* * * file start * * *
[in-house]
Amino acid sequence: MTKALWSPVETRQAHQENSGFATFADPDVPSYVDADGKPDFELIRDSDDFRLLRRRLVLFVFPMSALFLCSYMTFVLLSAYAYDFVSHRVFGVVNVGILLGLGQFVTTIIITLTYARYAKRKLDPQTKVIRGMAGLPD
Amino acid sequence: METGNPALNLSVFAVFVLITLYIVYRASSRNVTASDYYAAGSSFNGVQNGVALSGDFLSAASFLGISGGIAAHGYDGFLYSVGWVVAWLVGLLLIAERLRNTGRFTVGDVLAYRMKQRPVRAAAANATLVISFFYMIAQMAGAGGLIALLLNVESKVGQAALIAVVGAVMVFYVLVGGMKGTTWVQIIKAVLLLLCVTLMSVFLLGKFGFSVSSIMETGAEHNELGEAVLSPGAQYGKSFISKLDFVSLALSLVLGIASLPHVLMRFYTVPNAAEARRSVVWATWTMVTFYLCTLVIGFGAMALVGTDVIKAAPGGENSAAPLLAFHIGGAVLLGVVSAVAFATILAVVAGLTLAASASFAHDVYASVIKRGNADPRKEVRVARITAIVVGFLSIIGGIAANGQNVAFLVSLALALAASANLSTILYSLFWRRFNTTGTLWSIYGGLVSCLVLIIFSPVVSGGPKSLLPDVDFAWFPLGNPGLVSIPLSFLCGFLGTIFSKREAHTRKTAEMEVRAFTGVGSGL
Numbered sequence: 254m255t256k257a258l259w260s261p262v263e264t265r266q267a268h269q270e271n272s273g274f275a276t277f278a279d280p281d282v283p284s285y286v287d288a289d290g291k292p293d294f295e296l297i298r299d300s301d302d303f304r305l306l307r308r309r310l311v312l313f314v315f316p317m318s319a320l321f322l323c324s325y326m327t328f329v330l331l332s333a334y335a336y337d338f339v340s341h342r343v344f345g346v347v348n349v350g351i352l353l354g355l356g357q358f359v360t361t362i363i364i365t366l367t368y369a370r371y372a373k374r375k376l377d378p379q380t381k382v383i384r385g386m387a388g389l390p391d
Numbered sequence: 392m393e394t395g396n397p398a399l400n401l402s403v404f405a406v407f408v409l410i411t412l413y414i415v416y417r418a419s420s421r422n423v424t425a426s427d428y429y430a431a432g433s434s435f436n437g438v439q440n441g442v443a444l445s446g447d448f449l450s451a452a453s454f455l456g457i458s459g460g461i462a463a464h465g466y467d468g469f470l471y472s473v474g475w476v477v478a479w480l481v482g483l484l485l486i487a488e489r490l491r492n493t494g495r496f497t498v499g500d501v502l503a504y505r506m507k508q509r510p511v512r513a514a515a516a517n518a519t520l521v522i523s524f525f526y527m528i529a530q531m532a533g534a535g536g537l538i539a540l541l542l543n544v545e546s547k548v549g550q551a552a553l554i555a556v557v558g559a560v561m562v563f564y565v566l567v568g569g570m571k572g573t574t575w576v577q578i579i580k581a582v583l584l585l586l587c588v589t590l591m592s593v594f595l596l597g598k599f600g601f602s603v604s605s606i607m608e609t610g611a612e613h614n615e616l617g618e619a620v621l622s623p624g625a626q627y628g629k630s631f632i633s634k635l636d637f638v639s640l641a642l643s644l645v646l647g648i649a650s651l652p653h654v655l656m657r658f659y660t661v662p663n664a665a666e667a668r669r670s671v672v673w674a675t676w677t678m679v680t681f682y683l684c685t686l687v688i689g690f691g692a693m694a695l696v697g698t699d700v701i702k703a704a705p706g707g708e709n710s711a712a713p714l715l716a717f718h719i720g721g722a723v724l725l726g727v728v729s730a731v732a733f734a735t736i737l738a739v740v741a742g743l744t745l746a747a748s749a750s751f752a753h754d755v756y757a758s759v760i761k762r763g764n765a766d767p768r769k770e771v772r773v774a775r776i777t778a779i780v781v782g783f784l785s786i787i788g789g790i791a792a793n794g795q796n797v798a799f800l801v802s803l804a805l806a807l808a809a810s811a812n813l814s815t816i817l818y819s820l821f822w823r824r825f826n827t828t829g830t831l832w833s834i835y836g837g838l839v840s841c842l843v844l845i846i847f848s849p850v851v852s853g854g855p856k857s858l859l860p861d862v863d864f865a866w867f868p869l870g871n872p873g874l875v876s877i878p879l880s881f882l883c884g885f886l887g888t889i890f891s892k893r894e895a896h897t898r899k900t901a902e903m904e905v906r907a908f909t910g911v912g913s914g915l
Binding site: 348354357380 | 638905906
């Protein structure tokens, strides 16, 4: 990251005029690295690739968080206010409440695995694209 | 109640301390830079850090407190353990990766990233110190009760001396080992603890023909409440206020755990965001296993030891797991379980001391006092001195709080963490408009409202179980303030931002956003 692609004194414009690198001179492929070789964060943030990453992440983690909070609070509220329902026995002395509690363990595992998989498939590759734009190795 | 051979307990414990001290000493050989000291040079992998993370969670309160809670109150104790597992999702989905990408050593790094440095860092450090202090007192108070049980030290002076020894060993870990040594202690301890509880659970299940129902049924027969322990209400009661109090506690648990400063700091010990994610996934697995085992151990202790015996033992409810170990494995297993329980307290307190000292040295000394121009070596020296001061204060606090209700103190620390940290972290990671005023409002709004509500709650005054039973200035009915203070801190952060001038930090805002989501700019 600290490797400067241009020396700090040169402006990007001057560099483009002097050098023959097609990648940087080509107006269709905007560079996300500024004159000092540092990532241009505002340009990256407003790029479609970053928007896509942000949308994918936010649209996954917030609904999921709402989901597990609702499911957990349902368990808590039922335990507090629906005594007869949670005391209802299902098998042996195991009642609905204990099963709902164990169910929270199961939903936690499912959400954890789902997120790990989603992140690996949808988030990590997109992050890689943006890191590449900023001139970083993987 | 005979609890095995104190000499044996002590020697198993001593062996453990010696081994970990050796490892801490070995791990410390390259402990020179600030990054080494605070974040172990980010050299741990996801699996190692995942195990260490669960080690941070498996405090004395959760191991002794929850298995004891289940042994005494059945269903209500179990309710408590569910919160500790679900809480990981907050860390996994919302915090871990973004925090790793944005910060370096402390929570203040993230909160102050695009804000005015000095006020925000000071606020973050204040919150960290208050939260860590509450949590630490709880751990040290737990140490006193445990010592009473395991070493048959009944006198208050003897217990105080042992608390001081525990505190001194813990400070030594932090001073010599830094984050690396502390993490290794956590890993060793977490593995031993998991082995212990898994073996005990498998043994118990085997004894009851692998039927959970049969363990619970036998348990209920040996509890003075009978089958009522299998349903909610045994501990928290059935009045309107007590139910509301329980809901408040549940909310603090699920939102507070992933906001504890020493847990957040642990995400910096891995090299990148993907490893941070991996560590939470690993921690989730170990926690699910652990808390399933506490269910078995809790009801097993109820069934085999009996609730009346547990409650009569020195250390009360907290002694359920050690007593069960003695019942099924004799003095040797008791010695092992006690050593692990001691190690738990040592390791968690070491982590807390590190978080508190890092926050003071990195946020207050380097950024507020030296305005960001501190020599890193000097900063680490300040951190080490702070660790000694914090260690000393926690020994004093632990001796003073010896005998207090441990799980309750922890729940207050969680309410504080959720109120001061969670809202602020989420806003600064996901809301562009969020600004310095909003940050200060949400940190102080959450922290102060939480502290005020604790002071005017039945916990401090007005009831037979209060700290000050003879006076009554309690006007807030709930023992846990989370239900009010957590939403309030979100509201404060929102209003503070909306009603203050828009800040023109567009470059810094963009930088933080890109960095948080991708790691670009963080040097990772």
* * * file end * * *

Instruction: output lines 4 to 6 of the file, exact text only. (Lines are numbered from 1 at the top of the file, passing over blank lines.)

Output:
Numbered sequence: 254m255t256k257a258l259w260s261p262v263e264t265r266q267a268h269q270e271n272s273g274f275a276t277f278a279d280p281d282v283p284s285y286v287d288a289d290g291k292p293d294f295e296l297i298r299d300s301d302d303f304r305l306l307r308r309r310l311v312l313f314v315f316p317m318s319a320l321f322l323c324s325y326m327t328f329v330l331l332s333a334y335a336y337d338f339v340s341h342r343v344f345g346v347v348n349v350g351i352l353l354g355l356g357q358f359v360t361t362i363i364i365t366l367t368y369a370r371y372a373k374r375k376l377d378p379q380t381k382v383i384r385g386m387a388g389l390p391d
Numbered sequence: 392m393e394t395g396n397p398a399l400n401l402s403v404f405a406v407f408v409l410i411t412l413y414i415v416y417r418a419s420s421r422n423v424t425a426s427d428y429y430a431a432g433s434s435f436n437g438v439q440n441g442v443a444l445s446g447d448f449l450s451a452a453s454f455l456g457i458s459g460g461i462a463a464h465g466y467d468g469f470l471y472s473v474g475w476v477v478a479w480l481v482g483l484l485l486i487a488e489r490l491r492n493t494g495r496f497t498v499g500d501v502l503a504y505r506m507k508q509r510p511v512r513a514a515a516a517n518a519t520l521v522i523s524f525f526y527m528i529a530q531m532a533g534a535g536g537l538i539a540l541l542l543n544v545e546s547k548v549g550q551a552a553l554i555a556v557v558g559a560v561m562v563f564y565v566l567v568g569g570m571k572g573t574t575w576v577q578i579i580k581a582v583l584l585l586l587c588v589t590l591m592s593v594f595l596l597g598k599f600g601f602s603v604s605s606i607m608e609t610g611a612e613h614n615e616l617g618e619a620v621l622s623p624g625a626q627y628g629k630s631f632i633s634k635l636d637f638v639s640l641a642l643s644l645v646l647g648i649a650s651l652p653h654v655l656m657r658f659y660t661v662p663n664a665a666e667a668r669r670s671v672v673w674a675t676w677t678m679v680t681f682y683l684c685t686l687v688i689g690f691g692a693m694a695l696v697g698t699d700v701i702k703a704a705p706g707g708e709n710s711a712a713p714l715l716a717f718h719i720g721g722a723v724l725l726g727v728v729s730a731v732a733f734a735t736i737l738a739v740v741a742g743l744t745l746a747a748s749a750s751f752a753h754d755v756y757a758s759v760i761k762r763g764n765a766d767p768r769k770e771v772r773v774a775r776i777t778a779i780v781v782g783f784l785s786i787i788g789g790i791a792a793n794g795q796n797v798a799f800l801v802s803l804a805l806a807l808a809a810s811a812n813l814s815t816i817l818y819s820l821f822w823r824r825f826n827t828t829g830t831l832w833s834i835y836g837g838l839v840s841c842l843v844l845i846i847f848s849p850v851v852s853g854g855p856k857s858l859l860p861d862v863d864f865a866w867f868p869l870g871n872p873g874l875v876s877i878p879l880s881f882l883c884g885f886l887g888t889i890f891s892k893r894e895a896h897t898r899k900t901a902e903m904e905v906r907a908f909t910g911v912g913s914g915l
Binding site: 348354357380 | 638905906